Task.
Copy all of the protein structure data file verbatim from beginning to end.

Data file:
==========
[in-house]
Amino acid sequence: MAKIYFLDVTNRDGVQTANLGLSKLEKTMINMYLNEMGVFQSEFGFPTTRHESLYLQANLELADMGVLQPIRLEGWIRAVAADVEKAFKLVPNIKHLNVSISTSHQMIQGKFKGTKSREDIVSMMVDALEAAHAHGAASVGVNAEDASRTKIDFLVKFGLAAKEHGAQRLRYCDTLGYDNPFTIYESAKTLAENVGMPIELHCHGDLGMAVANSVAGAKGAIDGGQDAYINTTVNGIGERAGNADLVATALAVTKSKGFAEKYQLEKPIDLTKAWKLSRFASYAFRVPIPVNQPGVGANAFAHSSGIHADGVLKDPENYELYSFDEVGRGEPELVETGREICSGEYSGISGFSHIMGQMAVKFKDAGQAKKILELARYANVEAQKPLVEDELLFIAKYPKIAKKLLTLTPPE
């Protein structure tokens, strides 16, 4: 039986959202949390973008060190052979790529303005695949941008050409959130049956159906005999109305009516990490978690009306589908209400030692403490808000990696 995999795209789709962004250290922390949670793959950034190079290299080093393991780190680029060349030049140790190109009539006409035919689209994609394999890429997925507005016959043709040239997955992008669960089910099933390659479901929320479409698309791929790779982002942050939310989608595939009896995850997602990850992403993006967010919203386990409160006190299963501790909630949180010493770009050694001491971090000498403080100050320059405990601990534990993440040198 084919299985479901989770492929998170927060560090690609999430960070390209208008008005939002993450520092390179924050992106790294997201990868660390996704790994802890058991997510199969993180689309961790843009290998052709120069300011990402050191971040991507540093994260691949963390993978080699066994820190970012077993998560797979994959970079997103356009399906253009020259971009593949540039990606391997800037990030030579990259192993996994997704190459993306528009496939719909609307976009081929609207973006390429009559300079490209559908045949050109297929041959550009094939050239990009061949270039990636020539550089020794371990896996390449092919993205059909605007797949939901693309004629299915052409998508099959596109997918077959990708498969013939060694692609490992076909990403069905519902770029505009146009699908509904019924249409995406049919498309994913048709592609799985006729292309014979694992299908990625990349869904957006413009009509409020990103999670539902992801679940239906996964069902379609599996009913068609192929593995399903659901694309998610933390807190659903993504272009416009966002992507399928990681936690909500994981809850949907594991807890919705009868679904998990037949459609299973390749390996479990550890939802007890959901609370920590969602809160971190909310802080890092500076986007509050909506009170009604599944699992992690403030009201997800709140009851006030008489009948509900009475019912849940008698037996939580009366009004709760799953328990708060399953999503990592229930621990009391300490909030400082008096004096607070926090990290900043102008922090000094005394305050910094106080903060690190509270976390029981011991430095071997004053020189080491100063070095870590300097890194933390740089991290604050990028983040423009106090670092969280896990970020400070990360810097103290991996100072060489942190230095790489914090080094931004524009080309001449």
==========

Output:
[in-house]
Amino acid sequence: MAKIYFLDVTNRDGVQTANLGLSKLEKTMINMYLNEMGVFQSEFGFPTTRHESLYLQANLELADMGVLQPIRLEGWIRAVAADVEKAFKLVPNIKHLNVSISTSHQMIQGKFKGTKSREDIVSMMVDALEAAHAHGAASVGVNAEDASRTKIDFLVKFGLAAKEHGAQRLRYCDTLGYDNPFTIYESAKTLAENVGMPIELHCHGDLGMAVANSVAGAKGAIDGGQDAYINTTVNGIGERAGNADLVATALAVTKSKGFAEKYQLEKPIDLTKAWKLSRFASYAFRVPIPVNQPGVGANAFAHSSGIHADGVLKDPENYELYSFDEVGRGEPELVETGREICSGEYSGISGFSHIMGQMAVKFKDAGQAKKILELARYANVEAQKPLVEDELLFIAKYPKIAKKLLTLTPPE
């Protein structure tokens, strides 16, 4: 039986959202949390973008060190052979790529303005695949941008050409959130049956159906005999109305009516990490978690009306589908209400030692403490808000990696 995999795209789709962004250290922390949670793959950034190079290299080093393991780190680029060349030049140790190109009539006409035919689209994609394999890429997925507005016959043709040239997955992008669960089910099933390659479901929320479409698309791929790779982002942050939310989608595939009896995850997602990850992403993006967010919203386990409160006190299963501790909630949180010493770009050694001491971090000498403080100050320059405990601990534990993440040198 084919299985479901989770492929998170927060560090690609999430960070390209208008008005939002993450520092390179924050992106790294997201990868660390996704790994802890058991997510199969993180689309961790843009290998052709120069300011990402050191971040991507540093994260691949963390993978080699066994820190970012077993998560797979994959970079997103356009399906253009020259971009593949540039990606391997800037990030030579990259192993996994997704190459993306528009496939719909609307976009081929609207973006390429009559300079490209559908045949050109297929041959550009094939050239990009061949270039990636020539550089020794371990896996390449092919993205059909605007797949939901693309004629299915052409998508099959596109997918077959990708498969013939060694692609490992076909990403069905519902770029505009146009699908509904019924249409995406049919498309994913048709592609799985006729292309014979694992299908990625990349869904957006413009009509409020990103999670539902992801679940239906996964069902379609599996009913068609192929593995399903659901694309998610933390807190659903993504272009416009966002992507399928990681936690909500994981809850949907594991807890919705009868679904998990037949459609299973390749390996479990550890939802007890959901609370920590969602809160971190909310802080890092500076986007509050909506009170009604599944699992992690403030009201997800709140009851006030008489009948509900009475019912849940008698037996939580009366009004709760799953328990708060399953999503990592229930621990009391300490909030400082008096004096607070926090990290900043102008922090000094005394305050910094106080903060690190509270976390029981011991430095071997004053020189080491100063070095870590300097890194933390740089991290604050990028983040423009106090670092969280896990970020400070990360810097103290991996100072060489942190230095790489914090080094931004524009080309001449």